Volusion Magecart Breach Could Net Fraudsters $130m+

Fraudsters have already made $1.6m from cards stolen via a Magecart supply chain attack on popular e-commerce platform Volusion, and the figure could rise more than 100-fold over the coming months, according to new research.

The attack on Volusion’s cloud platform was described by dark web intelligence firm Gemini Advisory as “one of the largest and most wide-ranging supply-chain breaches to date.”

It ran from September to October last year and is thought to have affected at least 6589 online merchants using the platform. The MO was similar to many Magecart supply chain attacks: the hackers injected malicious digital skimming code into a Volusion JavaScript library, meaning visitors to those 6000+ sites had their card details silently exfiltrated as they entered them.

Affected companies ranged from golf stores and clothing retailers to online vape shops and even a site dedicated to monster trucks. The vast majority of cards (99%) were US-issued, reflecting the location of these businesses.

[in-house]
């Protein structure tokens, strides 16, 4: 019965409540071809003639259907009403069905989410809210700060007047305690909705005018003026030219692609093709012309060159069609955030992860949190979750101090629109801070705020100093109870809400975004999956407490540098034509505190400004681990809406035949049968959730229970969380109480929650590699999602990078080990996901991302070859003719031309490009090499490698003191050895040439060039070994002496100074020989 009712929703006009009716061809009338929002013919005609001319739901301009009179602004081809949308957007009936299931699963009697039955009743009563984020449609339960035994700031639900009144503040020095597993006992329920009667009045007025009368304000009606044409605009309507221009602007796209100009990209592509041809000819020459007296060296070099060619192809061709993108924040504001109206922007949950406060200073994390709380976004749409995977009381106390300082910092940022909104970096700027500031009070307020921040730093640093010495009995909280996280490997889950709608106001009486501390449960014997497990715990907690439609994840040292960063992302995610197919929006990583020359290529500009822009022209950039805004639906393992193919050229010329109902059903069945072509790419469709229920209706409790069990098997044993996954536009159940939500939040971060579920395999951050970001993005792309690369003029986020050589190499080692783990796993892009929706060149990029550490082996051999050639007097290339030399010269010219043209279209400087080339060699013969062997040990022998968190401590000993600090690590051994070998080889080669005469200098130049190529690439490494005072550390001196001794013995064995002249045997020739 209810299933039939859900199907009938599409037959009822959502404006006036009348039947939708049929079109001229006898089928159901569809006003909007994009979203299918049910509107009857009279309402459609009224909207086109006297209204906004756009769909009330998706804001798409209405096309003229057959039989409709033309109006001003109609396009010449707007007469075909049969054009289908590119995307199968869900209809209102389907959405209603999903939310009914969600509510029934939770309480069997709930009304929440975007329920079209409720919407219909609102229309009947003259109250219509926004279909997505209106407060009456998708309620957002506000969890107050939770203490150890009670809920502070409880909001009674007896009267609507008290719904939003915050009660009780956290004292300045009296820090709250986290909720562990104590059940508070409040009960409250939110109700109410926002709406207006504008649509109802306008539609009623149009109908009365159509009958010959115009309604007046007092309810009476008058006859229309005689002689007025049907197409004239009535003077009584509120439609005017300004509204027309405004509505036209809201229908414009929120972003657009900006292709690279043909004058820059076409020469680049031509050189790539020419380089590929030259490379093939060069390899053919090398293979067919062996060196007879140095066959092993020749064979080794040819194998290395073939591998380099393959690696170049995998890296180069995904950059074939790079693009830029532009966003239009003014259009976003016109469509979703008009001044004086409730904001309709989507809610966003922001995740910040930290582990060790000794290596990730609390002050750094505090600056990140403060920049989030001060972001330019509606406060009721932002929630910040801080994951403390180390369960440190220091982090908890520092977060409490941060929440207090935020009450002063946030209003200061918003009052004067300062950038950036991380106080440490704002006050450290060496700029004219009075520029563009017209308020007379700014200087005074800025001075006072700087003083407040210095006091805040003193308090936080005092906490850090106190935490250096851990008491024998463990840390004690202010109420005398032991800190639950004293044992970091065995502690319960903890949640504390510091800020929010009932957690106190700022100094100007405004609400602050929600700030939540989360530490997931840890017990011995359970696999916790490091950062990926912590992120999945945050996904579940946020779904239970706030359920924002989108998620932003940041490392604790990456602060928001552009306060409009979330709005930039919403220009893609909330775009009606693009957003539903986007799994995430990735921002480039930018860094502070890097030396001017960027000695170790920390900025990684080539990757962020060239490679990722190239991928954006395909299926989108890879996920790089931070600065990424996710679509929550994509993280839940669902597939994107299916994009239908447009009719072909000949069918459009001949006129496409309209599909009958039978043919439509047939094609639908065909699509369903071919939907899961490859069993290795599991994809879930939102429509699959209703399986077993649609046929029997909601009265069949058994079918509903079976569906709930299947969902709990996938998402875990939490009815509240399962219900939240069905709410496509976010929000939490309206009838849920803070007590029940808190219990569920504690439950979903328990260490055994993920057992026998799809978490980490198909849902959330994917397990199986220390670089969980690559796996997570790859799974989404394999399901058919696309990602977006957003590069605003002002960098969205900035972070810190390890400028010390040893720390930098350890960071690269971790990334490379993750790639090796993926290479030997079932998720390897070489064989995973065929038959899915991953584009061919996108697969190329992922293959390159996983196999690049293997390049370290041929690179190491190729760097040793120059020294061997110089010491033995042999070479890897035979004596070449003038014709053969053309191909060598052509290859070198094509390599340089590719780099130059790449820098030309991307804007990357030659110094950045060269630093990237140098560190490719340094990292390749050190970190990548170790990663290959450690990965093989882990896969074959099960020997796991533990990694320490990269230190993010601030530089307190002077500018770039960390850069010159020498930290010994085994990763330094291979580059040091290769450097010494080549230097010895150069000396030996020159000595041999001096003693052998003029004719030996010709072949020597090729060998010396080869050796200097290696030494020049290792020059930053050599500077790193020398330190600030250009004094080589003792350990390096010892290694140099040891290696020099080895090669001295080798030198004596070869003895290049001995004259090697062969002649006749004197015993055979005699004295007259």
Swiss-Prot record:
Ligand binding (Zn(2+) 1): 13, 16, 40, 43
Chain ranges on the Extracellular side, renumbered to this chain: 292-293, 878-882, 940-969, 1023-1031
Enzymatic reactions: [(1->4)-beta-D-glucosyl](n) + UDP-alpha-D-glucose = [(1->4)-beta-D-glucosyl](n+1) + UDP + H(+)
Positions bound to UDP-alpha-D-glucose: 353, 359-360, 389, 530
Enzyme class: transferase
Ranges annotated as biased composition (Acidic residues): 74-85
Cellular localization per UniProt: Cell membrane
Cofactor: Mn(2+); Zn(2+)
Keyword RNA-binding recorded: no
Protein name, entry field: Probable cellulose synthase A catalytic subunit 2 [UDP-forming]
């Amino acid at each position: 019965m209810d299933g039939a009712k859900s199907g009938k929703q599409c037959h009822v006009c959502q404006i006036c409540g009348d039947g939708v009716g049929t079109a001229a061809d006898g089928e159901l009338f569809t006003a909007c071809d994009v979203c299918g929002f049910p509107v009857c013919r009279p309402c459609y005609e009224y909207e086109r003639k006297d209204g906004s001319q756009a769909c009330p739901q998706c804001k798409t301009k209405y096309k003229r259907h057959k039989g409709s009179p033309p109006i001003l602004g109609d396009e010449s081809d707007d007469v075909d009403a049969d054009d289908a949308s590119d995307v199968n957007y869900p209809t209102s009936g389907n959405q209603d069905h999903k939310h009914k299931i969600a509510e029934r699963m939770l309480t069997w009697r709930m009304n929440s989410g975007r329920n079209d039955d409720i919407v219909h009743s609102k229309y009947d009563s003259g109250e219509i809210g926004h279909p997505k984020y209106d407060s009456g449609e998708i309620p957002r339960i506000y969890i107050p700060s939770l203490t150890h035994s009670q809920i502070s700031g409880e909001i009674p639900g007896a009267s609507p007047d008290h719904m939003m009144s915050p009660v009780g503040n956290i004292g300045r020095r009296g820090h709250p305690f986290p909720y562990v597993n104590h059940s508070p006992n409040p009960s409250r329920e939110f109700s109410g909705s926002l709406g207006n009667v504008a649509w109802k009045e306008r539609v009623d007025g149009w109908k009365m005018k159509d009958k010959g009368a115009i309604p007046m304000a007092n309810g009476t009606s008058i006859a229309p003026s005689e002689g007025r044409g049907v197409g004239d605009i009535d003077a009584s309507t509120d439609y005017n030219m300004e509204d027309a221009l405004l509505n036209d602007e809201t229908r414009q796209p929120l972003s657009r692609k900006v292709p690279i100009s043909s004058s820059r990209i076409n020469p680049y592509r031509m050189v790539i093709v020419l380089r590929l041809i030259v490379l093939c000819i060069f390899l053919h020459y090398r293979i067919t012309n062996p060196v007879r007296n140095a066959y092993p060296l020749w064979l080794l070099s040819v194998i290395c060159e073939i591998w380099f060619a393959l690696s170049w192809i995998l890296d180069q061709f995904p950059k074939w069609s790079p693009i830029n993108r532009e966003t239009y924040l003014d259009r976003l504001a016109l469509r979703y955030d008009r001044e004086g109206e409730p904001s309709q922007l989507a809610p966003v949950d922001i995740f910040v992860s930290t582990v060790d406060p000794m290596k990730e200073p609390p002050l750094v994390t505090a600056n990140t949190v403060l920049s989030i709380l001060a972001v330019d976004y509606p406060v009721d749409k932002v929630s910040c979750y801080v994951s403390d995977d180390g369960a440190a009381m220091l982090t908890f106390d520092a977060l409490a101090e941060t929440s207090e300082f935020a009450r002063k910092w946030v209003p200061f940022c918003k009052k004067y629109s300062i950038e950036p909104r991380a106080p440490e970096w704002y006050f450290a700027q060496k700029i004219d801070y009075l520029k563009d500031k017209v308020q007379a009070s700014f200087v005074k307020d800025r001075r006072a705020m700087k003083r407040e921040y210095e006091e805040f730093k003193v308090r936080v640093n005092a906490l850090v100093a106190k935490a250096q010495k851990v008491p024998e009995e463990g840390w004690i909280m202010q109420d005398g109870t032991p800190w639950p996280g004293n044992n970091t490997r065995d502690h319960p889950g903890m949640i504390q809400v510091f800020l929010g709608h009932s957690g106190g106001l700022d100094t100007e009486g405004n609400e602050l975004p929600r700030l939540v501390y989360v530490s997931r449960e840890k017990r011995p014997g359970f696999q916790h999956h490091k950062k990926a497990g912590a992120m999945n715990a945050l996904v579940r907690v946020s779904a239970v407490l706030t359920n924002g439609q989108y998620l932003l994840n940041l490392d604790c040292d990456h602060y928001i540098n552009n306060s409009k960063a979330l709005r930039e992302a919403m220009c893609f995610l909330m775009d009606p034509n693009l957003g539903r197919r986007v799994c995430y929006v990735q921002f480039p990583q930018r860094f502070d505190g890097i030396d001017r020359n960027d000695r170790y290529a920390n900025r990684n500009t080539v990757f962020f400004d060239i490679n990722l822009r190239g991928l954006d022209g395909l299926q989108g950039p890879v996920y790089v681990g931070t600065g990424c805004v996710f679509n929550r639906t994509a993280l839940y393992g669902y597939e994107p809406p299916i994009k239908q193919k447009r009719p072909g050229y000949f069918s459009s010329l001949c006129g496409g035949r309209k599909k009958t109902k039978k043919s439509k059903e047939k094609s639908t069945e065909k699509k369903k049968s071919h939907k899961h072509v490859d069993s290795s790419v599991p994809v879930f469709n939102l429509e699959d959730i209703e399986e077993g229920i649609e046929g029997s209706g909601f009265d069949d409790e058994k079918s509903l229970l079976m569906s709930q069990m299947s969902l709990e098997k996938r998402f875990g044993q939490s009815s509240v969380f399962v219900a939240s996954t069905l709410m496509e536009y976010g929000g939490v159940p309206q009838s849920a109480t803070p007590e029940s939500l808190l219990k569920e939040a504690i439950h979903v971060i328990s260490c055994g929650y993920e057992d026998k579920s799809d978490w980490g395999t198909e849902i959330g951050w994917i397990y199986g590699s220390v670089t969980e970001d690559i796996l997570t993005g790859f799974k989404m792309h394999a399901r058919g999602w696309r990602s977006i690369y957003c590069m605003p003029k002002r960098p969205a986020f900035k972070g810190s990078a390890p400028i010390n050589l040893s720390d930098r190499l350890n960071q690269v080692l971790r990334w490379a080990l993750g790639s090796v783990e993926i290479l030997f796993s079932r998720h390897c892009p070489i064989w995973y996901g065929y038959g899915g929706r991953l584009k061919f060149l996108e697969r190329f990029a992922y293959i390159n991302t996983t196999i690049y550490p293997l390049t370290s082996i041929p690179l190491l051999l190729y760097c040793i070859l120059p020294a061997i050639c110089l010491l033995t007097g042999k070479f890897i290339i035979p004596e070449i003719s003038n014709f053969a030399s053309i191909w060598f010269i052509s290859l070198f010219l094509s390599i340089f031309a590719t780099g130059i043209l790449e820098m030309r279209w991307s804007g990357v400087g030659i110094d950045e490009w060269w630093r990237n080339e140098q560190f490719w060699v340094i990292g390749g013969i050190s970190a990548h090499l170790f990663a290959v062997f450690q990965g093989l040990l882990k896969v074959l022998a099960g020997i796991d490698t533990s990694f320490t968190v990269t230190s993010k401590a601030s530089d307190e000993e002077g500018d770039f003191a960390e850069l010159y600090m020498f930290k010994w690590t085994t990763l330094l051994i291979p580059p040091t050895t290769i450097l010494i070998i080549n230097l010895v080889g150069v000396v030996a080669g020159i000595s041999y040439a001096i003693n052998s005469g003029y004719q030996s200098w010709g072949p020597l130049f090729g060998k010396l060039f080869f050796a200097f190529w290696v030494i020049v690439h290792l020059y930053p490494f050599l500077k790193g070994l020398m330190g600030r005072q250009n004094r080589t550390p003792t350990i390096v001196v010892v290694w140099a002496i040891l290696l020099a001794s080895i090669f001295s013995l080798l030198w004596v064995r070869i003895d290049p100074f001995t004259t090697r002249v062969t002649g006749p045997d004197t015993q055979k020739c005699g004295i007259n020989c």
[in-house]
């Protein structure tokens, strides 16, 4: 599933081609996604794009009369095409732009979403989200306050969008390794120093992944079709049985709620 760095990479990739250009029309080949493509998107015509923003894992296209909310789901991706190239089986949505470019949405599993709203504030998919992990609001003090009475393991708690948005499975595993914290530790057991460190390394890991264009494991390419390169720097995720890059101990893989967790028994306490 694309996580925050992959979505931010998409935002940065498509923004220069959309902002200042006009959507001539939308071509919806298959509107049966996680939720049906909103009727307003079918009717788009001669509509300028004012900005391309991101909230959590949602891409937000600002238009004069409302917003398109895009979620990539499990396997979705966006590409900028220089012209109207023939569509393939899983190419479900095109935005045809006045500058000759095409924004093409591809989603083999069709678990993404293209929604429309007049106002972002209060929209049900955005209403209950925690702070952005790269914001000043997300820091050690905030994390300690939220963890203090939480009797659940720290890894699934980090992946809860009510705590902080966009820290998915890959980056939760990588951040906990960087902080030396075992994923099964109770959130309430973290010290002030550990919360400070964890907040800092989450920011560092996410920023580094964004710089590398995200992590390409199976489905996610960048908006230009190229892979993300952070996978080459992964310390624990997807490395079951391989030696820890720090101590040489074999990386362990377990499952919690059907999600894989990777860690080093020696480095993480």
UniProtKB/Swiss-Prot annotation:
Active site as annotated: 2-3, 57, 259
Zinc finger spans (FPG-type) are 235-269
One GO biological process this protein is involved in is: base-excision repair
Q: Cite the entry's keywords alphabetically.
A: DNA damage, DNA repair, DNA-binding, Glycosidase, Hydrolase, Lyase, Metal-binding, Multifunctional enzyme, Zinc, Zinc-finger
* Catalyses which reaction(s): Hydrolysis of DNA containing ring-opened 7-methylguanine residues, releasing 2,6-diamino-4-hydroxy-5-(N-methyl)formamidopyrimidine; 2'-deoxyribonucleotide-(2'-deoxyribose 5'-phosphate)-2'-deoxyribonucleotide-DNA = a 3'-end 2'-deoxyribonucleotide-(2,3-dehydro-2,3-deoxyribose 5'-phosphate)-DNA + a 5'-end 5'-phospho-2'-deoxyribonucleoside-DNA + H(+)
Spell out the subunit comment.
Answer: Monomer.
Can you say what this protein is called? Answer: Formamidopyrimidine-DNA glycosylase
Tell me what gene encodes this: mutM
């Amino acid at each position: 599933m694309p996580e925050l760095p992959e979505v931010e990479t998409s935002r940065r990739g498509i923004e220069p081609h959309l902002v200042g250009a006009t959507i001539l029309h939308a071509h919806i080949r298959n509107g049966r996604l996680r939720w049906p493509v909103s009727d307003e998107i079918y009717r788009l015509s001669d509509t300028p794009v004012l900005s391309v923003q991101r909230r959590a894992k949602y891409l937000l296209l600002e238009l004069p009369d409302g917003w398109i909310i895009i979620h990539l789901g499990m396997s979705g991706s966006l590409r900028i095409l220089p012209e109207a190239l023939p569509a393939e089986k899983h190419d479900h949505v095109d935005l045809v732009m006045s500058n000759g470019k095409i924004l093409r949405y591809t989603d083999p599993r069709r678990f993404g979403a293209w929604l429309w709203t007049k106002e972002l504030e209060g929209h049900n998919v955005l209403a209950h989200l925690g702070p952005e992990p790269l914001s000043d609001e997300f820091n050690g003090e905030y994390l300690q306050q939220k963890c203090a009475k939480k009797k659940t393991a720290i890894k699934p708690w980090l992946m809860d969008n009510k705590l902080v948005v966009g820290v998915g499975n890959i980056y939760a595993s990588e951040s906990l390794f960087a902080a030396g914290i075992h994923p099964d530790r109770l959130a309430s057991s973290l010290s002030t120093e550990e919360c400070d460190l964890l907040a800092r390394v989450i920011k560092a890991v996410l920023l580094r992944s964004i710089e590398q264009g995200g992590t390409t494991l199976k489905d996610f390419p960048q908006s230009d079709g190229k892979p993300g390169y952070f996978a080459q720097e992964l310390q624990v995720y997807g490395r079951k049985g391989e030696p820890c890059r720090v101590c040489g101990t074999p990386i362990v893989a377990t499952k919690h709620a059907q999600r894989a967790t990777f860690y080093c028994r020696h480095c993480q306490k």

Although the stolen card details didn’t appear on the dark web immediately, from November 2019 onwards, over 239,000 compromised CNP records were being offered for sale on the cybercrime underground, according to the research.

The $1.6m already generated by fraudsters off the back of this haul is likely to be just the tip of the iceberg, warned Gemini Advisory.

“The average CNP breach affecting small- to mid-sized merchants compromises 3000 records; scaling this figure to the 6589 merchants using Volusion affected by this breach, the potential number of compromised records is up to nearly 20 million. Given this figure, the maximum profit potential would be as high as $133.9m,” it explained.

“The overwhelming and continually rising dark web demand for CNP records indicates a staggering profit potential for the perpetrators of this security incident. As more records make their way to the dark web and more merchants are confirmed to have been compromised via Volusion, the full extent of what is likely to be one of the largest and most wide-ranging supply-chain breaches to date will become clear.”

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